Emotions flow as training legend Ken Cheetham defies the odds

LEGENDARY Hunter Valley trainer Ken Cheetham returned to the winners list after a nearly three year-long battle with cancer last Thursday at Maitland, landing his first victory back with talented youngster Defy Emotion.

Jumping from box eight, the daughter of Fabregas and Macey showed sensational pace to find the lead around the first turn and bolted clear to score by thirteen-and-three-quarter-lengths in a handy 22.73 over the 400-metres.

It was the first time “Cheeto” had brought a greyhound to the track on race day in nearly three years and he said that it was a terrific way to come back into the dog game after such a long time on the sidelines.

“I had cancer in my bowel and my liver and I didn’t think I would be back and able to do anything like this again, so it was a great thrill to win first up the other day,” Cheetham, who turned 79 on Tuesday, said.

“I laid in bed for nearly two years, it was a very tough time, I didn’t think I was going to be here a few times.

“I have a great family who stuck by me and I think that’s what got me through.”

Cheetham is one of the most well-known and regarded conditioners in NSW, having trained countless city grade chasers throughout his decorated career, including How’s The Fort and Take The Kitty – both of which took out a NSW Greyhound of the Year title for their efforts on the track.

However, just a couple of years after Take The Kitty took Cheetham on a whirlwind ride, he was diagnosed with bowel cancer, which later spread to his liver, resulting in one third of his liver being removed.

Shortly after that surgery Cheetham was dealt with another tough blow when he contracted an infection, meaning that he had to go under the knife once again.

Cheetham’s wife Marie said that at one stage the doctors didn’t know whether he would pull through.

“They didn’t think he was going to make it – I think they pretty much sent him home to die, we didn’t tell him that at the time… it wasn’t very good,” she said.

“After he got home he was pretty crook for a while, but he just started to improve and get better each week and now he is back to doing the things that he used to do.”

Cheetham said he missed having greyhounds during his illness which made it an easy decision to get back into the sport he loves.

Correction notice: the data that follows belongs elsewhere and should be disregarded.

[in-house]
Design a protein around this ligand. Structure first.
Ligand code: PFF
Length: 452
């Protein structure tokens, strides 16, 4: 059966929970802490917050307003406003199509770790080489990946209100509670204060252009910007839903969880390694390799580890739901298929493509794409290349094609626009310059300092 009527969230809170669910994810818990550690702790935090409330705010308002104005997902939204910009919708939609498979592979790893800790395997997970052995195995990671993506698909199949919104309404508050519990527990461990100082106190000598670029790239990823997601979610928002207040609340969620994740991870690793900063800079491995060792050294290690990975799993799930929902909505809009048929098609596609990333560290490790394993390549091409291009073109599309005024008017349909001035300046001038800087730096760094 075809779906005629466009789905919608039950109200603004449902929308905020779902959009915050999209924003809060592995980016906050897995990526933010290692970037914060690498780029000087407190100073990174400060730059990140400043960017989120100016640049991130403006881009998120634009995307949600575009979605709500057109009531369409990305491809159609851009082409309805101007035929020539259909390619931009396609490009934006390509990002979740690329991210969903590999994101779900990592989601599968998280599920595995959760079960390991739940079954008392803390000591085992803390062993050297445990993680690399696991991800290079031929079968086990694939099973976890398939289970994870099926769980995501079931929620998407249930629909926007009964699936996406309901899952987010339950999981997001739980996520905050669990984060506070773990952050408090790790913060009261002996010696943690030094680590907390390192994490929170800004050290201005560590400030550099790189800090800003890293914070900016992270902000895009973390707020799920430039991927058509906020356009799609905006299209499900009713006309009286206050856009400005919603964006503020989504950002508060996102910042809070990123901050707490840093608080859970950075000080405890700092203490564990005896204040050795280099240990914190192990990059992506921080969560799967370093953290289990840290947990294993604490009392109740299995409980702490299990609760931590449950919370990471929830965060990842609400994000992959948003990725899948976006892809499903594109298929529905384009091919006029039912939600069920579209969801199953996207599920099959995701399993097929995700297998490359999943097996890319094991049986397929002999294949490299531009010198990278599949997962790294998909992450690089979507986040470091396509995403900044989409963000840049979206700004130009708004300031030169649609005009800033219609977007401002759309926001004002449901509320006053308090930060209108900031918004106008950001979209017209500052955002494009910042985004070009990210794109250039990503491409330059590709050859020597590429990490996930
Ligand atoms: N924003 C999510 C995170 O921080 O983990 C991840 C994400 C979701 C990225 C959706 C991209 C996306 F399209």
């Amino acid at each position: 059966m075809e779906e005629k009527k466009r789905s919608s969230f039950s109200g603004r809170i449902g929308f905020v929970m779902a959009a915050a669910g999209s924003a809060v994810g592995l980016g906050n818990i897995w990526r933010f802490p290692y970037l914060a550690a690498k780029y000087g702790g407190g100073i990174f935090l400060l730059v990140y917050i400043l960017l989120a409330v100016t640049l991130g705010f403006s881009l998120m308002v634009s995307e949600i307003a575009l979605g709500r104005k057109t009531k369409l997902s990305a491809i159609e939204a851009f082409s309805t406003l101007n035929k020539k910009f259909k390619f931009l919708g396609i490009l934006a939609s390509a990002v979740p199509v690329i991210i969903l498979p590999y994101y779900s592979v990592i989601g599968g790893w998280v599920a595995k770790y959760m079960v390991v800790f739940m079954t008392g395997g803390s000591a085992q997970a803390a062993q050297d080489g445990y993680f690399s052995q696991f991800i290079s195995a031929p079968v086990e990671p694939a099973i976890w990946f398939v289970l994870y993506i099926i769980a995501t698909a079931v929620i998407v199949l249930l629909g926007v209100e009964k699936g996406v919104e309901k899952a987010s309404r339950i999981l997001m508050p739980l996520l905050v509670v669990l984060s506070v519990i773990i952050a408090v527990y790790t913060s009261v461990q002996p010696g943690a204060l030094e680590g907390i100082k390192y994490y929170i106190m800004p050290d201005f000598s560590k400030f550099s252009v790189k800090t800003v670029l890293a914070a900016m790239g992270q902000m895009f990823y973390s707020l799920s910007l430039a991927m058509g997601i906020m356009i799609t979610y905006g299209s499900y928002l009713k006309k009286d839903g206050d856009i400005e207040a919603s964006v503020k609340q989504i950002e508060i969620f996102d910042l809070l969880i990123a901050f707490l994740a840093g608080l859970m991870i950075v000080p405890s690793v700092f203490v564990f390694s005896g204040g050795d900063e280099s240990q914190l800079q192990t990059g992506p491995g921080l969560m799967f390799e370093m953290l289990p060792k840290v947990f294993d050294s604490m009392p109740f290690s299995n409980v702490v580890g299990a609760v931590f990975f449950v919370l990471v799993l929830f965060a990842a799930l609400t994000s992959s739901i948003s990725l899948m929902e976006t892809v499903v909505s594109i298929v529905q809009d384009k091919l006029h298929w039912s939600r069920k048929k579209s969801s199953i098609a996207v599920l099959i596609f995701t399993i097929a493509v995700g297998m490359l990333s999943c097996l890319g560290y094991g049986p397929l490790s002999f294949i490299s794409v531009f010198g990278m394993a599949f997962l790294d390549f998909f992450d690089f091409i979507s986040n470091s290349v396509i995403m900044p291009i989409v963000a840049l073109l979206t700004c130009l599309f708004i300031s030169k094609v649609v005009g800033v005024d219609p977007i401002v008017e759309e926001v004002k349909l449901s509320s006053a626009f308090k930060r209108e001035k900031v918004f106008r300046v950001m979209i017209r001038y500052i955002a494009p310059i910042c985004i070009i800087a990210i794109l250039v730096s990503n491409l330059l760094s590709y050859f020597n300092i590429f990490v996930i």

“I missed just doing things with the dogs – when you are used to doing things for 60 years, to then be tied down and riddled with sickness – I couldn’t even get up and leave my room, I couldn’t leave my bed and I couldn’t do anything.

“It was boredom more than anything, I wasn’t used to being like that – I was used to always doing something.

“I got my trainer’s license and my car license back – now I can get around and see people and do the things I haven’t been able to do in years.”

Cheetham, who used to break in 30 greyhounds a month, now has just the three dogs in work at his Harpers Hill property.

The small team gives him something to focus on as he makes the most of his second chance at life. He now has a clean bill of health, making him extremely thankful for all the medical care he was given throughout his illness.

“I had my final check up a fortnight ago and I have got no cancer in my liver and my bowel is right, they gave me a really good result.

“They said that I was a surprise, they didn’t think it was possible for me to be able to come back and do the things that I am doing now.”

Defy Emotion will race again this Thursday at Maitland, aiming to make it two wins from as many starts. She has drawn box four in race five which will hum at 1:54pm AEST.

Check out Defy Emotion’s maiden victory below from box eight.

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